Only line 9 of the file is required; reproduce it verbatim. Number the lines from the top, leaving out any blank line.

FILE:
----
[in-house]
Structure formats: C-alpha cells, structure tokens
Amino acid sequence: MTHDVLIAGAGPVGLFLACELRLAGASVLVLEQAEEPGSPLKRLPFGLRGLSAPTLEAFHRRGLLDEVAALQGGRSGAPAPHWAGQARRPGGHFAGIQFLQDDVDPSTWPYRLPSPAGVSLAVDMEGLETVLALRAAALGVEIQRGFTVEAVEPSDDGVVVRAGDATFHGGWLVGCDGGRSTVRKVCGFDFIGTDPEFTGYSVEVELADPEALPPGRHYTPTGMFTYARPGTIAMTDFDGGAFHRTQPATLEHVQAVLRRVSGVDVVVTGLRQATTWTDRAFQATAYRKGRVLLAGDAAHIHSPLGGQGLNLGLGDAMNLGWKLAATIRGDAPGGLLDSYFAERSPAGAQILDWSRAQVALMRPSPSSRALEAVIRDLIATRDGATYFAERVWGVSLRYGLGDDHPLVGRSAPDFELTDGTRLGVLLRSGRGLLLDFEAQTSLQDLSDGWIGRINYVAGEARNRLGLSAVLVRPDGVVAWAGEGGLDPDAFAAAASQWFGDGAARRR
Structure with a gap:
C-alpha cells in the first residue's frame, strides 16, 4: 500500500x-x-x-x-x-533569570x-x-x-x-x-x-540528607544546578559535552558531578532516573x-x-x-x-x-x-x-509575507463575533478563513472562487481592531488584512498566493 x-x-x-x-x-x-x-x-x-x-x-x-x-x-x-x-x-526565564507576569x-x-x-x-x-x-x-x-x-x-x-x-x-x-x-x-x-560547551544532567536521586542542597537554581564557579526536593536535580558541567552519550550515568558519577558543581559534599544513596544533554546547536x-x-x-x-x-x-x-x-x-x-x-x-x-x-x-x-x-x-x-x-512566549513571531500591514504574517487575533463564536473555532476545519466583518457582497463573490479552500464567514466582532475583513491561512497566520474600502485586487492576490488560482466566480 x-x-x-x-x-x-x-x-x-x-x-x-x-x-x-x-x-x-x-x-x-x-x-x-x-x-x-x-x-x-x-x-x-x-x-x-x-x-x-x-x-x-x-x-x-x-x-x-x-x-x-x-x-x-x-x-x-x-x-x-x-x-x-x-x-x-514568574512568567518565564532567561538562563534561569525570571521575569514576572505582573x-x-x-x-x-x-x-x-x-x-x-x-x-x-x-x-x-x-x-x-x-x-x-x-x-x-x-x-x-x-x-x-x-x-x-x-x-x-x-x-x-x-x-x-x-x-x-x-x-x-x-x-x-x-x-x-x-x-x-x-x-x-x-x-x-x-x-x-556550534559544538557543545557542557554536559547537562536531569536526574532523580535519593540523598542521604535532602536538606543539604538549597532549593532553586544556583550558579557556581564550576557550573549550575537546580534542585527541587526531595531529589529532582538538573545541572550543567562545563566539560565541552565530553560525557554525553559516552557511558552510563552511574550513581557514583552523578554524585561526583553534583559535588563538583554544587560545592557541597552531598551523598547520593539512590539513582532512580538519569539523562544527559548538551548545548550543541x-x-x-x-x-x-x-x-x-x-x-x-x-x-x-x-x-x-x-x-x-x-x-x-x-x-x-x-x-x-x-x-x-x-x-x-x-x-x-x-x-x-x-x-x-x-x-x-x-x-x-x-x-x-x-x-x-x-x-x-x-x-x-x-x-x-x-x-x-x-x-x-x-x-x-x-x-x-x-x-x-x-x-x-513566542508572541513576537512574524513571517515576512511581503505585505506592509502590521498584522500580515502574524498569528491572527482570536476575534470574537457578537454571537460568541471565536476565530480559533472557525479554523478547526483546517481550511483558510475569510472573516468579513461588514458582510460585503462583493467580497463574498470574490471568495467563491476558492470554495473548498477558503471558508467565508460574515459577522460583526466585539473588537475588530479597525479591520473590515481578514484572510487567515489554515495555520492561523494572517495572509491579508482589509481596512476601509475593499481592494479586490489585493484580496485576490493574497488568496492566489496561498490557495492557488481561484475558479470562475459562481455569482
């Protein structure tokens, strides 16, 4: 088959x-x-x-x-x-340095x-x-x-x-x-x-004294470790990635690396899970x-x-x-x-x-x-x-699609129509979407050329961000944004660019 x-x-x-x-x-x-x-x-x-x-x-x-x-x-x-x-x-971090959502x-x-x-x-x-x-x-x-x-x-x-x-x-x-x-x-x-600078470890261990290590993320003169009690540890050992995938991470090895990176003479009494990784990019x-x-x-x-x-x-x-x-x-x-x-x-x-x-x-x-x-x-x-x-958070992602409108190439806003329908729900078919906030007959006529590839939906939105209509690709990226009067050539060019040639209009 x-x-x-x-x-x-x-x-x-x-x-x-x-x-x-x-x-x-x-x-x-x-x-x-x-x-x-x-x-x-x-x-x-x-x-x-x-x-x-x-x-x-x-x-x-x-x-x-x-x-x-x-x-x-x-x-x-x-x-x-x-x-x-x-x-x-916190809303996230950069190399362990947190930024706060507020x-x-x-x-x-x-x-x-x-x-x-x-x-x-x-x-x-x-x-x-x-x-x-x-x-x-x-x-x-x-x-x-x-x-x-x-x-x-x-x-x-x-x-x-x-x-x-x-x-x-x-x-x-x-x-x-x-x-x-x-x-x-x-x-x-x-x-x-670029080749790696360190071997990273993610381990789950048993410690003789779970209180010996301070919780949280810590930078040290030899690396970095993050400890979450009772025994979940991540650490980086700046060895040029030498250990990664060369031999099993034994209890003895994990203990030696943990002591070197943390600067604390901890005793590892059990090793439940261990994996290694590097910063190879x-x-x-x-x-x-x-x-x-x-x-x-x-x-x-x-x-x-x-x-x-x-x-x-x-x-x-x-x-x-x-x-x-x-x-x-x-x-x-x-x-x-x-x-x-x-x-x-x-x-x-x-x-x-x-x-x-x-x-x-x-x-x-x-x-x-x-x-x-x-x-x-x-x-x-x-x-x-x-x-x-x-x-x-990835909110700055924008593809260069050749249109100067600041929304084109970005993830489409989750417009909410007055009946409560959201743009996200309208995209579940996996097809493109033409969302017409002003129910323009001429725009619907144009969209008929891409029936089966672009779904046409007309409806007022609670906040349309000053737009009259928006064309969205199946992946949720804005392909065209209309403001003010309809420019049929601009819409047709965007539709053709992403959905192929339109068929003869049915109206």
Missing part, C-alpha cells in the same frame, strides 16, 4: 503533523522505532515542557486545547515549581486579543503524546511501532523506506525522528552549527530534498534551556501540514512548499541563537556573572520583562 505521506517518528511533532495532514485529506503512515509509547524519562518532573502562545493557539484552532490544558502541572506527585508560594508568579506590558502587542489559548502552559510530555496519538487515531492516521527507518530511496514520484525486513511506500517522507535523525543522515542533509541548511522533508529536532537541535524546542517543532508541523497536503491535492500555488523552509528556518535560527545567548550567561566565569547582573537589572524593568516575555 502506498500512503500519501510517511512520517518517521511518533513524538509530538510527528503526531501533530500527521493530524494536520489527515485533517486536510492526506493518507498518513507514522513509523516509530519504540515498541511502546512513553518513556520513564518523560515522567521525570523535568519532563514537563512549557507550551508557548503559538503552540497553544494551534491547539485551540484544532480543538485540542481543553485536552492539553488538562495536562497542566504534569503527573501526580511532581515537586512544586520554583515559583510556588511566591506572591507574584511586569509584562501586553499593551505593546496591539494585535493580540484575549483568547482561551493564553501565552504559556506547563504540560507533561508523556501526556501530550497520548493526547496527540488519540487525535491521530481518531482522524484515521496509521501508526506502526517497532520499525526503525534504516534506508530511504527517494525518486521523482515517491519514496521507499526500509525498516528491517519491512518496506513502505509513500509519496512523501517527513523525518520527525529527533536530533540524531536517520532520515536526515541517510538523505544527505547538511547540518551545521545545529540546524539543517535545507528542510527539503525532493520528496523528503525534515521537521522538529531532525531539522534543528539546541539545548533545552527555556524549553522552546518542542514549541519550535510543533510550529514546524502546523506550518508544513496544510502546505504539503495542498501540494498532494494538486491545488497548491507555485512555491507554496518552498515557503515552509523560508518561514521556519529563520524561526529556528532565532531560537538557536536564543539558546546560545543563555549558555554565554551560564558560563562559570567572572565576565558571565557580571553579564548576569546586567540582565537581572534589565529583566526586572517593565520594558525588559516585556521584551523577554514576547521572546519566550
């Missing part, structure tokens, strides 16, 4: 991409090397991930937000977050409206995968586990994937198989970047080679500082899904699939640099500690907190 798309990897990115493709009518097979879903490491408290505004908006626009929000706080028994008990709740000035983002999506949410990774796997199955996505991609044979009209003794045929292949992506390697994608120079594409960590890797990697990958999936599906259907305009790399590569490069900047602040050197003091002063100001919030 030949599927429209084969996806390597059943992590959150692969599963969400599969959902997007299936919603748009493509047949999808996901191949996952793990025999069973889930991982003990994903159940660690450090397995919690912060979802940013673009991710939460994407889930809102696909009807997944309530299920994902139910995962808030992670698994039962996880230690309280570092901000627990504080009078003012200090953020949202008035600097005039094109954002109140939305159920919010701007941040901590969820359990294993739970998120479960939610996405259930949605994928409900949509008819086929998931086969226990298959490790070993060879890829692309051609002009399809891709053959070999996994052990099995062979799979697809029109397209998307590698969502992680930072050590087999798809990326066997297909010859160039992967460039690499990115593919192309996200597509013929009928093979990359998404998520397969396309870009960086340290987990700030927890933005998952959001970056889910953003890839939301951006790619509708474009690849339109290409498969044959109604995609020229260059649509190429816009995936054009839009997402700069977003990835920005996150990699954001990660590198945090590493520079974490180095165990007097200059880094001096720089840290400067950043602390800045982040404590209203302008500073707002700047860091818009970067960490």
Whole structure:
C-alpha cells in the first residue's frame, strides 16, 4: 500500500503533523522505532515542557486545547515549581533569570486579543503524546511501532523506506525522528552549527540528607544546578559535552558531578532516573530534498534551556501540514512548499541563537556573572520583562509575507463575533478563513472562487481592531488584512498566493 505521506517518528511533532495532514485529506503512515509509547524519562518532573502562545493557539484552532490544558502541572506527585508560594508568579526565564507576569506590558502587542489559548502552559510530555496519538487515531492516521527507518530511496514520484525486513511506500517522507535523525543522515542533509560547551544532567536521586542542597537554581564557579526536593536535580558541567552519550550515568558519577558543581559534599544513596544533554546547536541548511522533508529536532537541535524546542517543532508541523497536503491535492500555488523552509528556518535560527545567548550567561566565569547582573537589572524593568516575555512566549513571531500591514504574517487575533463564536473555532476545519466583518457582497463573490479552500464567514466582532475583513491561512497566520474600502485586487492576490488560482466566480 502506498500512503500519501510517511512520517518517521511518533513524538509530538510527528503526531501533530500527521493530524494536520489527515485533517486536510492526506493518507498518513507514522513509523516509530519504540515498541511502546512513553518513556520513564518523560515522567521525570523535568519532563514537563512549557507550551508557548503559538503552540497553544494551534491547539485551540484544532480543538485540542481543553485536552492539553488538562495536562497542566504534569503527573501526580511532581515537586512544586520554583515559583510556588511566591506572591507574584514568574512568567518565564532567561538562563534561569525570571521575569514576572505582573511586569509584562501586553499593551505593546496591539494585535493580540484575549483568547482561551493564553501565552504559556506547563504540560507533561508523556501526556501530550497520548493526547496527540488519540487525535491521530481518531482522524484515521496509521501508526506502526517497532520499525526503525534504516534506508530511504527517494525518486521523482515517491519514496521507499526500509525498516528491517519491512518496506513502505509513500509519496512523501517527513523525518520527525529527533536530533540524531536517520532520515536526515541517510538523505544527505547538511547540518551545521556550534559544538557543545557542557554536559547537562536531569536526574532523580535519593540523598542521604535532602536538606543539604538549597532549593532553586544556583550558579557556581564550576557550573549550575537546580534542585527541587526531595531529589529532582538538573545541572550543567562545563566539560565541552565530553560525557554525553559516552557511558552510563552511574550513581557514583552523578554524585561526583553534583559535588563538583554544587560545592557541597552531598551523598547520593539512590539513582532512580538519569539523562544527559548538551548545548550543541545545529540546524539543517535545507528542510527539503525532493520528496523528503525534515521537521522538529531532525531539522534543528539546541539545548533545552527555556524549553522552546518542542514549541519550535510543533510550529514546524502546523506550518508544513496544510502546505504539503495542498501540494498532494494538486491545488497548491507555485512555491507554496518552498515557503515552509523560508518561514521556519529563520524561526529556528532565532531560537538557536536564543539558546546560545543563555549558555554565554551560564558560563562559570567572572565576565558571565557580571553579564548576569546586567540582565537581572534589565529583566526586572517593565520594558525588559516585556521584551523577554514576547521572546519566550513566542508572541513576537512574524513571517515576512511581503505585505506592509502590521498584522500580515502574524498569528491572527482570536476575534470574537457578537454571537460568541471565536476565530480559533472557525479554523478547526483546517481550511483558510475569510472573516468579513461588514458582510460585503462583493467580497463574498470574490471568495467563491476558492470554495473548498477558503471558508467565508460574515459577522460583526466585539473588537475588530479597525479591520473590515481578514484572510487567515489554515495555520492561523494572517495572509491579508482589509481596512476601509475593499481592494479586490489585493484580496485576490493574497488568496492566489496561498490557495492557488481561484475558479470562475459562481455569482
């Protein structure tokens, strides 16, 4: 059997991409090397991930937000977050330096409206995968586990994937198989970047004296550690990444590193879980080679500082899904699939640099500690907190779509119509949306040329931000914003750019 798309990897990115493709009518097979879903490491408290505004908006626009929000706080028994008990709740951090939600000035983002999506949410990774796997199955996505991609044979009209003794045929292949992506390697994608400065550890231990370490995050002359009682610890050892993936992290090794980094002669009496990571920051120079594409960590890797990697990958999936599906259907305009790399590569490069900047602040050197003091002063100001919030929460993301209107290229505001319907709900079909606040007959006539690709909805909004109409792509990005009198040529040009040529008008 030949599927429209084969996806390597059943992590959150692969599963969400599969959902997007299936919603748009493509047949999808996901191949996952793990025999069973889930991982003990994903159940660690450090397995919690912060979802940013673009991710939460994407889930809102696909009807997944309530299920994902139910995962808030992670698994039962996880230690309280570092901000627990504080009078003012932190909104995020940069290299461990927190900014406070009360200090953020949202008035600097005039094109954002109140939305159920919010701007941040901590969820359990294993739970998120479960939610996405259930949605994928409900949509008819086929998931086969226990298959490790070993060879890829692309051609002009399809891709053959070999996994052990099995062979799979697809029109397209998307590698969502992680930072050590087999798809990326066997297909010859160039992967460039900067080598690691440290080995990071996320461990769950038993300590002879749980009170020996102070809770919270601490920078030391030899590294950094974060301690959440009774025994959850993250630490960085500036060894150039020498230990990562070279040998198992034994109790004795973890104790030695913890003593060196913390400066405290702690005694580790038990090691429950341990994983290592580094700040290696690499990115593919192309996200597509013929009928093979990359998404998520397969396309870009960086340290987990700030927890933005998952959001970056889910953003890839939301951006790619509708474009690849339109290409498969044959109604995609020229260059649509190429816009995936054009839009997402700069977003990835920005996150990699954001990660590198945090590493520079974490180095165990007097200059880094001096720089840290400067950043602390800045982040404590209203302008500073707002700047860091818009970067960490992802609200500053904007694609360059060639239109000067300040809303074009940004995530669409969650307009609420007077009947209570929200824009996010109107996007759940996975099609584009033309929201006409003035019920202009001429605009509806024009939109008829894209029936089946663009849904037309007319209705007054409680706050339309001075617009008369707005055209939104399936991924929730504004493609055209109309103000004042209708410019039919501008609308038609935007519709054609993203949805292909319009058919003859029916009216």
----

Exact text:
Whole structure: